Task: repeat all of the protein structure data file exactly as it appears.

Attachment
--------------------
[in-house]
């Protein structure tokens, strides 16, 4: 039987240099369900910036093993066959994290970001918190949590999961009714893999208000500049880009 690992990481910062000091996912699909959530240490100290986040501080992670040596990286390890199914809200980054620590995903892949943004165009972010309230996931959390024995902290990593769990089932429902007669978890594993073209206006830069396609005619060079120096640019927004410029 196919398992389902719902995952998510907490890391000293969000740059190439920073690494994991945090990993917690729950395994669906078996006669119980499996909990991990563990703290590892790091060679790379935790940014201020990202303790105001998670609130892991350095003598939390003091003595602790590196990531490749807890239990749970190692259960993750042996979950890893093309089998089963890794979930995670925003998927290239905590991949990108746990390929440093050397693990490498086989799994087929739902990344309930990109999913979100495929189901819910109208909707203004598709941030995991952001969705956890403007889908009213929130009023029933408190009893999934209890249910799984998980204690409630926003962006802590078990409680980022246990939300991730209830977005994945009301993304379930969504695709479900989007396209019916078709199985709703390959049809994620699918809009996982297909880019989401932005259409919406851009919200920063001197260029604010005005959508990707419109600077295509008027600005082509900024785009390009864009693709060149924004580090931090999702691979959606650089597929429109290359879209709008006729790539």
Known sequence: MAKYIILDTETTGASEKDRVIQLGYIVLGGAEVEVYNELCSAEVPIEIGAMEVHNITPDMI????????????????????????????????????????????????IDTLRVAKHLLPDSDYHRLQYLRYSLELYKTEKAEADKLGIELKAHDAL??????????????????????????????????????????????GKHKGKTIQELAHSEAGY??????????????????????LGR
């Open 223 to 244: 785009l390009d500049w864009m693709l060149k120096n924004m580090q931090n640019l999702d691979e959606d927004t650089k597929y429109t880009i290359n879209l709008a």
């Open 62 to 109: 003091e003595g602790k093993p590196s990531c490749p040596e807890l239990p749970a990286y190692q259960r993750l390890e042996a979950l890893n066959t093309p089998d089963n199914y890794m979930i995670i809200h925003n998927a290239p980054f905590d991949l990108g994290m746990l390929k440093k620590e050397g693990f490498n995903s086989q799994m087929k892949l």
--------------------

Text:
[in-house]
């Protein structure tokens, strides 16, 4: 039987240099369900910036093993066959994290970001918190949590999961009714893999208000500049880009 690992990481910062000091996912699909959530240490100290986040501080992670040596990286390890199914809200980054620590995903892949943004165009972010309230996931959390024995902290990593769990089932429902007669978890594993073209206006830069396609005619060079120096640019927004410029 196919398992389902719902995952998510907490890391000293969000740059190439920073690494994991945090990993917690729950395994669906078996006669119980499996909990991990563990703290590892790091060679790379935790940014201020990202303790105001998670609130892991350095003598939390003091003595602790590196990531490749807890239990749970190692259960993750042996979950890893093309089998089963890794979930995670925003998927290239905590991949990108746990390929440093050397693990490498086989799994087929739902990344309930990109999913979100495929189901819910109208909707203004598709941030995991952001969705956890403007889908009213929130009023029933408190009893999934209890249910799984998980204690409630926003962006802590078990409680980022246990939300991730209830977005994945009301993304379930969504695709479900989007396209019916078709199985709703390959049809994620699918809009996982297909880019989401932005259409919406851009919200920063001197260029604010005005959508990707419109600077295509008027600005082509900024785009390009864009693709060149924004580090931090999702691979959606650089597929429109290359879209709008006729790539």
Known sequence: MAKYIILDTETTGASEKDRVIQLGYIVLGGAEVEVYNELCSAEVPIEIGAMEVHNITPDMI????????????????????????????????????????????????IDTLRVAKHLLPDSDYHRLQYLRYSLELYKTEKAEADKLGIELKAHDAL??????????????????????????????????????????????GKHKGKTIQELAHSEAGY??????????????????????LGR
């Open 223 to 244: 785009l390009d500049w864009m693709l060149k120096n924004m580090q931090n640019l999702d691979e959606d927004t650089k597929y429109t880009i290359n879209l709008a």
């Open 62 to 109: 003091e003595g602790k093993p590196s990531c490749p040596e807890l239990p749970a990286y190692q259960r993750l390890e042996a979950l890893n066959t093309p089998d089963n199914y890794m979930i995670i809200h925003n998927a290239p980054f905590d991949l990108g994290m746990l390929k440093k620590e050397g693990f490498n995903s086989q799994m087929k892949l």